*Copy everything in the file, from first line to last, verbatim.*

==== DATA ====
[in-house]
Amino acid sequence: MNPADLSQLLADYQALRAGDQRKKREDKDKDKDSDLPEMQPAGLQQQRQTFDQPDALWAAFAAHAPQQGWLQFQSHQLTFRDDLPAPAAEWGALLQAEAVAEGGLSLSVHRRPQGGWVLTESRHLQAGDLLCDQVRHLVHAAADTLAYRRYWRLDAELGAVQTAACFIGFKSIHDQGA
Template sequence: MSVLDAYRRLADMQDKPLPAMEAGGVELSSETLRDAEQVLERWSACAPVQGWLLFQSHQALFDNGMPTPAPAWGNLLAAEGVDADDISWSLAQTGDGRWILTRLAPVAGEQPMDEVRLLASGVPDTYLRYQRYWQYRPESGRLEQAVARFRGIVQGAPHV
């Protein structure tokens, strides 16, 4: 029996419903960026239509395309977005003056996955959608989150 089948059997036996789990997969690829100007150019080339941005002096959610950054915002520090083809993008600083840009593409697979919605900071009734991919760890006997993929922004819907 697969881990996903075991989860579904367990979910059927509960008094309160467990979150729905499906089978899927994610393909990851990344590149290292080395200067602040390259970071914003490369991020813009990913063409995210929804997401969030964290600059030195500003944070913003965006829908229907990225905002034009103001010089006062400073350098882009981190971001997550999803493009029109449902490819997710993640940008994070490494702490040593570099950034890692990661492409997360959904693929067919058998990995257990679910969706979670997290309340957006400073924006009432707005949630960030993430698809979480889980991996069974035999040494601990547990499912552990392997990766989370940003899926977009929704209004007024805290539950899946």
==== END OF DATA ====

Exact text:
[in-house]
Amino acid sequence: MNPADLSQLLADYQALRAGDQRKKREDKDKDKDSDLPEMQPAGLQQQRQTFDQPDALWAAFAAHAPQQGWLQFQSHQLTFRDDLPAPAAEWGALLQAEAVAEGGLSLSVHRRPQGGWVLTESRHLQAGDLLCDQVRHLVHAAADTLAYRRYWRLDAELGAVQTAACFIGFKSIHDQGA
Template sequence: MSVLDAYRRLADMQDKPLPAMEAGGVELSSETLRDAEQVLERWSACAPVQGWLLFQSHQALFDNGMPTPAPAWGNLLAAEGVDADDISWSLAQTGDGRWILTRLAPVAGEQPMDEVRLLASGVPDTYLRYQRYWQYRPESGRLEQAVARFRGIVQGAPHV
């Protein structure tokens, strides 16, 4: 029996419903960026239509395309977005003056996955959608989150 089948059997036996789990997969690829100007150019080339941005002096959610950054915002520090083809993008600083840009593409697979919605900071009734991919760890006997993929922004819907 697969881990996903075991989860579904367990979910059927509960008094309160467990979150729905499906089978899927994610393909990851990344590149290292080395200067602040390259970071914003490369991020813009990913063409995210929804997401969030964290600059030195500003944070913003965006829908229907990225905002034009103001010089006062400073350098882009981190971001997550999803493009029109449902490819997710993640940008994070490494702490040593570099950034890692990661492409997360959904693929067919058998990995257990679910969706979670997290309340957006400073924006009432707005949630960030993430698809979480889980991996069974035999040494601990547990499912552990392997990766989370940003899926977009929704209004007024805290539950899946």